One of the nation's most influential public school boards is considering changes to its procedures on public comments which would bar parents from speaking on issues that concern them, particularly those related to gender identity and sex education.
In Fairfax County, Virginia, which neighbors Washington, D.C., the school board is expected to vote Thursday on what sources close to the matter say is a measure that would further censor and restrict them and other concerned citizens from giving feedback by clamping down on the public comment process.
The concerned parents who spoke with CP on condition of anonymity said the Public Engagement Committee met Monday and intends to dramatically alter their current rules and procedures for public speakers at FCPS school board meetings, which occur every other week. Public commenters can then only speak on school board agenda items which the board can carefully and narrowly dictate and eliminate any opportunities for walk-in speakers to address the topic they want. It would also reportedly ban substituting speakers and sharing speaker time.
"It's a con game," one parent said to CP.
Controversy erupted in the county in 2015 when the FCSB voted to replace biological sex with "gender identity" in official school guidelines. Only one FCSB member dissented.
The new policy holds that boys who self-identify as female can use the girls' shower facilities, locker rooms, and bathrooms, and it was voted in without any time for public debate and adopted within weeks. This abrupt move stood in stark contrast to previous school policy considerations in which the FCSB reportedly spent 10 years debating and experimenting with school start times, conducting multiple surveys and asking for community input over the course of many months.
What occurs in Fairfax County has implications for many American public school students as the county often serves as a model district after which other locales pattern their educational best practices.
Sources say that the gender identity issue has led to increased attention from local residents and concerned parents who were either unaware of or had no time to weigh in when the measure was passed over two years ago. Many have come to school board meetings to voice their objections ever since, even if the issue is not explicitly on the agenda for the night.
Around 100 parents have complained about the board's "betrayal of public trust" and rapid embrace of gender ideology and their concerns with the sex education curriculum at these meetings. The parents often begin by first speaking to an issue that is on the agenda and then creatively pivoting to their concerns in order to voice them. This is reportedly a source of great embarrassment to the school board which does not want to revisit the matter.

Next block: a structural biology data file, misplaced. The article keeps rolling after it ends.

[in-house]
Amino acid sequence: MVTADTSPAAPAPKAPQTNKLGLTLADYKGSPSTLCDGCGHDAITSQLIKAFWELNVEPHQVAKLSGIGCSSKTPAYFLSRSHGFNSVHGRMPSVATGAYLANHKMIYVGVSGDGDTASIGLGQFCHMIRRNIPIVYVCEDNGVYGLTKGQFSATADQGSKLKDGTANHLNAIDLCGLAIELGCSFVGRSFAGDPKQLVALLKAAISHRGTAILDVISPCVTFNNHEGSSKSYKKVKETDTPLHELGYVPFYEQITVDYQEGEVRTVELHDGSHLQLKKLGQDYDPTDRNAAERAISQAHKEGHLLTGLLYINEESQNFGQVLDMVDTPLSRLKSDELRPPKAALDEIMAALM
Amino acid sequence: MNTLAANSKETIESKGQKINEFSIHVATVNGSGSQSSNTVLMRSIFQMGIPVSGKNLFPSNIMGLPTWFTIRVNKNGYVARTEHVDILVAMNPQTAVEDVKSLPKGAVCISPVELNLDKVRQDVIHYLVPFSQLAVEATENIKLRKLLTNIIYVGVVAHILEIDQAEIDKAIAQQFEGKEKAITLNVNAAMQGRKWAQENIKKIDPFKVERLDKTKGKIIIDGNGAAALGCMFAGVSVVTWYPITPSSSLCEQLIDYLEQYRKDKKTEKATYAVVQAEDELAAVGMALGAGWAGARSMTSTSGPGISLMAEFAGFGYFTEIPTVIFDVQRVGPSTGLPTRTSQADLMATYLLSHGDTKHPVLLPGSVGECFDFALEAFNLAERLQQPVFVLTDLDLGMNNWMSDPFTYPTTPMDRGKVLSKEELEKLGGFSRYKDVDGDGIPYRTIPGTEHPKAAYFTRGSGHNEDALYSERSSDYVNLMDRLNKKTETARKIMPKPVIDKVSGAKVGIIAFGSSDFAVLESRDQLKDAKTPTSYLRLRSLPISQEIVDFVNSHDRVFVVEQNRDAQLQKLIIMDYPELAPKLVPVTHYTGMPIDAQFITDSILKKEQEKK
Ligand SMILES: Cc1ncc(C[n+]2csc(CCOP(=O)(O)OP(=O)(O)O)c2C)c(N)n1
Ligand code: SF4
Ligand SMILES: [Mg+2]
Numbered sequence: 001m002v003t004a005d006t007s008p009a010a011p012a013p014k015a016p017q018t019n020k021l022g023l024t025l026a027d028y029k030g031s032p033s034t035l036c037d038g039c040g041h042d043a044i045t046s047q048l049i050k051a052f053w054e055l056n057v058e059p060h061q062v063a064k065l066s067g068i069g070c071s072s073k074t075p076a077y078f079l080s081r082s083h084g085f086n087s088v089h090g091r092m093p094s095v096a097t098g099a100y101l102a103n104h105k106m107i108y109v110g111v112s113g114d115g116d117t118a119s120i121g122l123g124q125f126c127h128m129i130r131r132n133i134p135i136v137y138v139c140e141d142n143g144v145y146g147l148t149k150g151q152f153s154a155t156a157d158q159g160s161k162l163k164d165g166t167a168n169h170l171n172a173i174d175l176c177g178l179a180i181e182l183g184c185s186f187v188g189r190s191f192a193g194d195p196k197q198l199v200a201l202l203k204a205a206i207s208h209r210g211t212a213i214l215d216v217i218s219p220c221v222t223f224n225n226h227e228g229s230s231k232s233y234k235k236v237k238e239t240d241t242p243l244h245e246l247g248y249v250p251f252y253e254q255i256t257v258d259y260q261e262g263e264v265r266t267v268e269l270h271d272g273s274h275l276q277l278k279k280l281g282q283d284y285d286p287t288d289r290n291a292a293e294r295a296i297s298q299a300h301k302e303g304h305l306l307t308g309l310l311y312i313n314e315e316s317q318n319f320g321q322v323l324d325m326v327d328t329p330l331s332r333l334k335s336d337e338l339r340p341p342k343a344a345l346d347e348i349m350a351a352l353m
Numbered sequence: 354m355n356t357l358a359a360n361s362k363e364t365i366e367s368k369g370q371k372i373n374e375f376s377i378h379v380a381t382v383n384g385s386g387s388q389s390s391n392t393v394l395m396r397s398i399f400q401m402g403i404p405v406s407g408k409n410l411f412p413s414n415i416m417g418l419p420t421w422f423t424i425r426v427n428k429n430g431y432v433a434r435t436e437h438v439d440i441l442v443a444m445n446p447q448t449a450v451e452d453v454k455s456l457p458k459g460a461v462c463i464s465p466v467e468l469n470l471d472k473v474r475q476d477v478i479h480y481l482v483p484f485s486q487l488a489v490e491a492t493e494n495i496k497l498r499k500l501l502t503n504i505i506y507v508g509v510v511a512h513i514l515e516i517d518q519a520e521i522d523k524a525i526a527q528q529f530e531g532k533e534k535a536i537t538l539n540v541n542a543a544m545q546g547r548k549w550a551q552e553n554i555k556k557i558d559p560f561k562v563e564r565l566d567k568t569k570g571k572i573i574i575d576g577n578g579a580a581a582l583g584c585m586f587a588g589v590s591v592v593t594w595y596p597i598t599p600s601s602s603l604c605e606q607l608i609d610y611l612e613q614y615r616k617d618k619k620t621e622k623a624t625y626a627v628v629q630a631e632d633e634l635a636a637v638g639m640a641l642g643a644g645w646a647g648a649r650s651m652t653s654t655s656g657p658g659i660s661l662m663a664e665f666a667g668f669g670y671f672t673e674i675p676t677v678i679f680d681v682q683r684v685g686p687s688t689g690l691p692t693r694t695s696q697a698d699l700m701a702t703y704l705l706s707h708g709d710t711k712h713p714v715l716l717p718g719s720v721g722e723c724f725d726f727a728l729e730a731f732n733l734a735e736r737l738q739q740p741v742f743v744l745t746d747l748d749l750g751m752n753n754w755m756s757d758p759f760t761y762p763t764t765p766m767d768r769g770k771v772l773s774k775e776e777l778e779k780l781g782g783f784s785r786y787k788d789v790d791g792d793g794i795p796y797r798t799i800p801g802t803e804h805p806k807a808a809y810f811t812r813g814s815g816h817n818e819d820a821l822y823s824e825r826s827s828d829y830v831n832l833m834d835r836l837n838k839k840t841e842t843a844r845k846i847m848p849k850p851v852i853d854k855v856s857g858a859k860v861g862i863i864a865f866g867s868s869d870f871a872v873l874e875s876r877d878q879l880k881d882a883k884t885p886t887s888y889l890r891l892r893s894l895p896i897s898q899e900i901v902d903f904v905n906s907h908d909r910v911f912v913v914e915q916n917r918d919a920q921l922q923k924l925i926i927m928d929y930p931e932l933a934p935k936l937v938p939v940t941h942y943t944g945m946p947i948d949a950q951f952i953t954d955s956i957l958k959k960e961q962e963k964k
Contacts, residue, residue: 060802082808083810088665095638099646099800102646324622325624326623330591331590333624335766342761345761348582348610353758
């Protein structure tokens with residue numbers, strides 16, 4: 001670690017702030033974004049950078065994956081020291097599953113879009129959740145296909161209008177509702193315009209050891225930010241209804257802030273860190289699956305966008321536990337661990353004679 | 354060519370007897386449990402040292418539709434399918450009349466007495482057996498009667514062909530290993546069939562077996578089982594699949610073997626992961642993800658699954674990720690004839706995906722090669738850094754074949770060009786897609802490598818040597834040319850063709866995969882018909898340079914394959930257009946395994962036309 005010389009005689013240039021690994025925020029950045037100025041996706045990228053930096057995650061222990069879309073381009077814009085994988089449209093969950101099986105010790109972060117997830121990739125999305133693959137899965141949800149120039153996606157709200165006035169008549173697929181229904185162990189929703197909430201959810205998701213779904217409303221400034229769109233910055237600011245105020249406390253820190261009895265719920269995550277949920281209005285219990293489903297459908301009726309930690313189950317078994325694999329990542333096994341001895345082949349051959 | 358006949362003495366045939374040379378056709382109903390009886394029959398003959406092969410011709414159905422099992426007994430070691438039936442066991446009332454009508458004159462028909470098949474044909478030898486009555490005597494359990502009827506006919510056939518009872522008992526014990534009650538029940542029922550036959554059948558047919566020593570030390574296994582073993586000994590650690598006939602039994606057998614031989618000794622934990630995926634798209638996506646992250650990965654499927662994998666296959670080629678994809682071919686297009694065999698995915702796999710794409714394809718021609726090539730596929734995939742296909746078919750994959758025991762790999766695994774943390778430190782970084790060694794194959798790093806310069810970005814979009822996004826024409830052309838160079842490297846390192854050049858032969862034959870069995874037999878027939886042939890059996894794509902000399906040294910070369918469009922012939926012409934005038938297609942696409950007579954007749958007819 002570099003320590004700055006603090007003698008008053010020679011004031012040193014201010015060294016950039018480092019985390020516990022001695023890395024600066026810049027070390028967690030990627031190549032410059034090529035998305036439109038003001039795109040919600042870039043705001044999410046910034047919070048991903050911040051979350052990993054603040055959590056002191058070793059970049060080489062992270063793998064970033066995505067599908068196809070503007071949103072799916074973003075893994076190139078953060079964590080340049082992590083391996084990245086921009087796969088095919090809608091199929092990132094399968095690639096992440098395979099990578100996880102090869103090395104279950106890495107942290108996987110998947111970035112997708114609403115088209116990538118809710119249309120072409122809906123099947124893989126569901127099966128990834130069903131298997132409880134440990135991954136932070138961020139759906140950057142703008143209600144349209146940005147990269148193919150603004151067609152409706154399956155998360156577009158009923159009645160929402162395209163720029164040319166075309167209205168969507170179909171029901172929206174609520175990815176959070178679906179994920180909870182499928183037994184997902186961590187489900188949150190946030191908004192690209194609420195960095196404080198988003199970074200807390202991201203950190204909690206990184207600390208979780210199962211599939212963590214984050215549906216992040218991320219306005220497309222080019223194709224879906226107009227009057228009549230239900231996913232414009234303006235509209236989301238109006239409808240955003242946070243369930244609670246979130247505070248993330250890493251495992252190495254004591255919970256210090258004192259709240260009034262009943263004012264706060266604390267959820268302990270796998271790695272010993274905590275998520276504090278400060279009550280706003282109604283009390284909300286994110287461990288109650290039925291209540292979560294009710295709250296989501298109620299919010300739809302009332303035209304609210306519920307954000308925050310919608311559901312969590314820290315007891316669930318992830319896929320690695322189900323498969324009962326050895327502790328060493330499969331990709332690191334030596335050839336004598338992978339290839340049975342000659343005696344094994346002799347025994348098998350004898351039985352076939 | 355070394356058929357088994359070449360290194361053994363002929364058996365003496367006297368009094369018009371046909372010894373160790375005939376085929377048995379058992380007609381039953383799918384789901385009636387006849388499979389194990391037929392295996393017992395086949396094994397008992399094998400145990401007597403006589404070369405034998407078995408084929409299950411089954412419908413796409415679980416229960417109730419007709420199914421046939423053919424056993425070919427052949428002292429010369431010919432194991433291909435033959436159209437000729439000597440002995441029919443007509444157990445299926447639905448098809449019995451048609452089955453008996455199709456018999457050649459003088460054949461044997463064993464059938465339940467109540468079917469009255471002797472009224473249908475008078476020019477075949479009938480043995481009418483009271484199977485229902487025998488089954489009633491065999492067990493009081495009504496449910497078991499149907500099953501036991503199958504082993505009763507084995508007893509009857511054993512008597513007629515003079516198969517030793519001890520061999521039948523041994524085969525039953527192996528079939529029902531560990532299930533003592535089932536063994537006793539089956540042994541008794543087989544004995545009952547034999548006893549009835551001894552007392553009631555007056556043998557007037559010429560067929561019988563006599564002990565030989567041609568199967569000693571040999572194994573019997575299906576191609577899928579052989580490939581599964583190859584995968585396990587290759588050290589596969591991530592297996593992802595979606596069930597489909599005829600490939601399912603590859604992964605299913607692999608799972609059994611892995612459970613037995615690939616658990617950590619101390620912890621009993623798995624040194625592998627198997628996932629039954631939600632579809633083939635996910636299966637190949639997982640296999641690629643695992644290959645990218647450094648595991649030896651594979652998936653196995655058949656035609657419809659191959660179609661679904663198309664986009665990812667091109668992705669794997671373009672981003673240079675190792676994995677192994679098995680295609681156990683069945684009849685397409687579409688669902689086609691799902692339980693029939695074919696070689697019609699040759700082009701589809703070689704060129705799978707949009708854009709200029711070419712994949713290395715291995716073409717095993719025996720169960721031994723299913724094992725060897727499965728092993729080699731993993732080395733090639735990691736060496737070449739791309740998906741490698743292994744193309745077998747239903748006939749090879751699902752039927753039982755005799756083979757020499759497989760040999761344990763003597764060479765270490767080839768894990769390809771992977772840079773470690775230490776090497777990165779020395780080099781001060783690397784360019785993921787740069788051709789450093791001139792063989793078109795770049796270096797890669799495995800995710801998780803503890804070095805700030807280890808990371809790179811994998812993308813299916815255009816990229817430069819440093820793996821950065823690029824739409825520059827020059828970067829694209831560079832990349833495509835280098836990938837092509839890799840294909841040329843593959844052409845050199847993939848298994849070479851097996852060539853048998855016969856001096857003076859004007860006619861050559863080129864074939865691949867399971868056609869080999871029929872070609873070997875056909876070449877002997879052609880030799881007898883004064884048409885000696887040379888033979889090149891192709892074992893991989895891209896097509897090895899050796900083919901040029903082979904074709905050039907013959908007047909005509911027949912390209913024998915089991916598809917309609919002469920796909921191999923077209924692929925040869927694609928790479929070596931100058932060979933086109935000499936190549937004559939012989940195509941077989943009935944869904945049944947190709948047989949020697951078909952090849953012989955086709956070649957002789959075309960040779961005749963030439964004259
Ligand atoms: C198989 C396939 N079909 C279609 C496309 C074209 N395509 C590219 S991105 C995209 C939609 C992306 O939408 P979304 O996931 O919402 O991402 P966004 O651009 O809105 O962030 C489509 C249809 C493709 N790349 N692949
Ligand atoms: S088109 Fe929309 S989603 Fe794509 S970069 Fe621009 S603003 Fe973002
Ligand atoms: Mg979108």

The school board has repeatedly said that nothing will substantively change and thus far no regulations pertaining to gender identity have been issued; draft regulations were tabled in July of 2016 even as the 2015 policy remains in effect.
As The Daily Signal reported in March 2017, in Fairfax a mere 10 parents have three minutes each during public comment time to present their views to the county school board each meeting and "[e]arning one of these coveted slots is like buying concert tickets: You get up early on the Monday before the meeting and click frantically, hoping to be among the first 10 when the school board opens its sign-up line."
If no concerned parent manages to acquire one of the 10 coveted speaking slots on a night where policy changes about gender identity might be considered and everyone who does get to speak voices support, the illusion will be created that open public debate has occurred and that the general population is broadly behind this when the reverse is true. By tightly controlling the agenda to circumvent controversial topics once their agenda has gained sufficient ground, the public process changes can then be used to squash any opposing voices.
The proposed procedural moves would tighten what can be discussed and "the school board can block any speakers in the future who might want to try to retroactively address items in the past because they were never given the chance due to sign up to speak [restriction], due to manipulation," which amounts to censorship, parents said to CP.